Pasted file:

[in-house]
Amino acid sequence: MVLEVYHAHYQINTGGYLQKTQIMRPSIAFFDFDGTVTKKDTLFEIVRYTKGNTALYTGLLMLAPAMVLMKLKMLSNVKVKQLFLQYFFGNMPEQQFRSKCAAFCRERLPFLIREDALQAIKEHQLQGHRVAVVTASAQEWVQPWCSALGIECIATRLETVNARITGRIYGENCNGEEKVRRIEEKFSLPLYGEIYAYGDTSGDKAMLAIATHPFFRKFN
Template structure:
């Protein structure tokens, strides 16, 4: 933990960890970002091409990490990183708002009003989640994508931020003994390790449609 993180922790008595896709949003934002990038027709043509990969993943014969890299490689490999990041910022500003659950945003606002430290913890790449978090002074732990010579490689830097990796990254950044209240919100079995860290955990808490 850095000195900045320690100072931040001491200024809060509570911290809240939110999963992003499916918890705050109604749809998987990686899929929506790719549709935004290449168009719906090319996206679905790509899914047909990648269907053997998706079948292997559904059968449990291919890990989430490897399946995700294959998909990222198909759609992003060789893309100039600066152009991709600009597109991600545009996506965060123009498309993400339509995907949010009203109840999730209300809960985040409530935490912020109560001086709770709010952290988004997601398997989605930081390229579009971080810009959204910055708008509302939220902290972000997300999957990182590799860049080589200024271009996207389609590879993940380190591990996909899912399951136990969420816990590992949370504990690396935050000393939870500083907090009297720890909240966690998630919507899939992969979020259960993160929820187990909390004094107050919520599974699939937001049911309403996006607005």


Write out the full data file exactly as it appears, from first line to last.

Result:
[in-house]
Amino acid sequence: MVLEVYHAHYQINTGGYLQKTQIMRPSIAFFDFDGTVTKKDTLFEIVRYTKGNTALYTGLLMLAPAMVLMKLKMLSNVKVKQLFLQYFFGNMPEQQFRSKCAAFCRERLPFLIREDALQAIKEHQLQGHRVAVVTASAQEWVQPWCSALGIECIATRLETVNARITGRIYGENCNGEEKVRRIEEKFSLPLYGEIYAYGDTSGDKAMLAIATHPFFRKFN
Template structure:
């Protein structure tokens, strides 16, 4: 933990960890970002091409990490990183708002009003989640994508931020003994390790449609 993180922790008595896709949003934002990038027709043509990969993943014969890299490689490999990041910022500003659950945003606002430290913890790449978090002074732990010579490689830097990796990254950044209240919100079995860290955990808490 850095000195900045320690100072931040001491200024809060509570911290809240939110999963992003499916918890705050109604749809998987990686899929929506790719549709935004290449168009719906090319996206679905790509899914047909990648269907053997998706079948292997559904059968449990291919890990989430490897399946995700294959998909990222198909759609992003060789893309100039600066152009991709600009597109991600545009996506965060123009498309993400339509995907949010009203109840999730209300809960985040409530935490912020109560001086709770709010952290988004997601398997989605930081390229579009971080810009959204910055708008509302939220902290972000997300999957990182590799860049080589200024271009996207389609590879993940380190591990996909899912399951136990969420816990590992949370504990690396935050000393939870500083907090009297720890909240966690998630919507899939992969979020259960993160929820187990909390004094107050919520599974699939937001049911309403996006607005």